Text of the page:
Centuries ago in middle Europe, a coded language appeared, scrawled in graffiti and spoken only by people who were "wiz" (in the know). This hybrid language, dubbed Rotwelsch, facilitated survival for people in flight—whether escaping persecution or just down on their luck.
[A] deeply personal project, one that probes the meaning of language and family, inheritance and debt ... With his emphasis on persecution and exclusion, Puchner bathes his subject in a rose-colored tint. The incidents of fraud or theft often associated with Rotwelsch seem to belong to a Robin Hood world of victimless crimes ... While Puchner’s enthusiasm sometimes leads him to overstate Rotwelsch’s significance — Hitler’s Mein Kampf becomes a struggle against the language — it inspires illuminating detours into subjects like the history of Esperanto and the birth of simultaneous interpretation at the Nuremberg trials.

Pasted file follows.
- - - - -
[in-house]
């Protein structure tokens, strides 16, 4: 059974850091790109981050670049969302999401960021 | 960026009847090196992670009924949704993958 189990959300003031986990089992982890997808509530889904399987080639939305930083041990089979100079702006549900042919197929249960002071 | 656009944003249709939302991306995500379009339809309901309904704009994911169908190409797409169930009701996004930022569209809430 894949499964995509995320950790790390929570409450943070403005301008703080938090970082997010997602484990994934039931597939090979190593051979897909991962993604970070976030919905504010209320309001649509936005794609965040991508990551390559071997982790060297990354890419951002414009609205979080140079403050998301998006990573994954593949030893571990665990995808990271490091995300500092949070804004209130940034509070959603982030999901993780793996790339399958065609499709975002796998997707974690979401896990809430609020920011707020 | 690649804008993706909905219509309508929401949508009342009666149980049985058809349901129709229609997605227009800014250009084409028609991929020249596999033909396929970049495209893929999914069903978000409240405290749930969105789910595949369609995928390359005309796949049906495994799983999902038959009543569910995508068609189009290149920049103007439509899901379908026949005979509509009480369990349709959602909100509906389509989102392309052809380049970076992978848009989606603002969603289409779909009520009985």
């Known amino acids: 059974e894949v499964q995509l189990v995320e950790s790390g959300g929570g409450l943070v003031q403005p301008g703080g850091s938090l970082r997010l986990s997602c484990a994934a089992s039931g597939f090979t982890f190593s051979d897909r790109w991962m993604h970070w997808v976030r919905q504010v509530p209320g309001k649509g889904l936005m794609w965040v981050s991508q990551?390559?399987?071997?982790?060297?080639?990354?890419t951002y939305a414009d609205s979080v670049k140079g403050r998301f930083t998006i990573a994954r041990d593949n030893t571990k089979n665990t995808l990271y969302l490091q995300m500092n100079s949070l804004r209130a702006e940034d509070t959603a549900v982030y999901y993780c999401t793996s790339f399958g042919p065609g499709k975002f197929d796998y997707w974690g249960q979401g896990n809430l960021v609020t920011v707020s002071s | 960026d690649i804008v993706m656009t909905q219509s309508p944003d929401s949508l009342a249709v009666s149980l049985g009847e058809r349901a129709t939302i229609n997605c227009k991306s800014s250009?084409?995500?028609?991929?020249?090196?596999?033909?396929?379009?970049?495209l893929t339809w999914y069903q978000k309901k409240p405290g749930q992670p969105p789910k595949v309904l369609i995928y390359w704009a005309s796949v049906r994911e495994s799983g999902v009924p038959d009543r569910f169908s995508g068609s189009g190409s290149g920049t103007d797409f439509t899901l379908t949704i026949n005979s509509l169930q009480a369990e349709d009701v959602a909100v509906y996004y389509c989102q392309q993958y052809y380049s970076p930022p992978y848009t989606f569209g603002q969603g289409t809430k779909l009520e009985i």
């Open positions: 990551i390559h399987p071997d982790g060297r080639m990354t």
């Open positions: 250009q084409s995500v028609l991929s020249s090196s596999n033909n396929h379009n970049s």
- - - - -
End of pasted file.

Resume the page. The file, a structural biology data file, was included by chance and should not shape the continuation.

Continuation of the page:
...unusual, intriguing ... While such sweeping history is interesting, the crux of his story is personal ... While Puchner’s scholarly interests remain in focus, he writes clearly and thoughtfully, using history to examine past, present and future.
As a scholar in love with words and language, Puchner gives these priority, so his attention wanders, but the digressions are never less than intriguing. He cannot resist exploring the secret languages used by vagrants and criminals ... A compelling mixture of memoir and philology.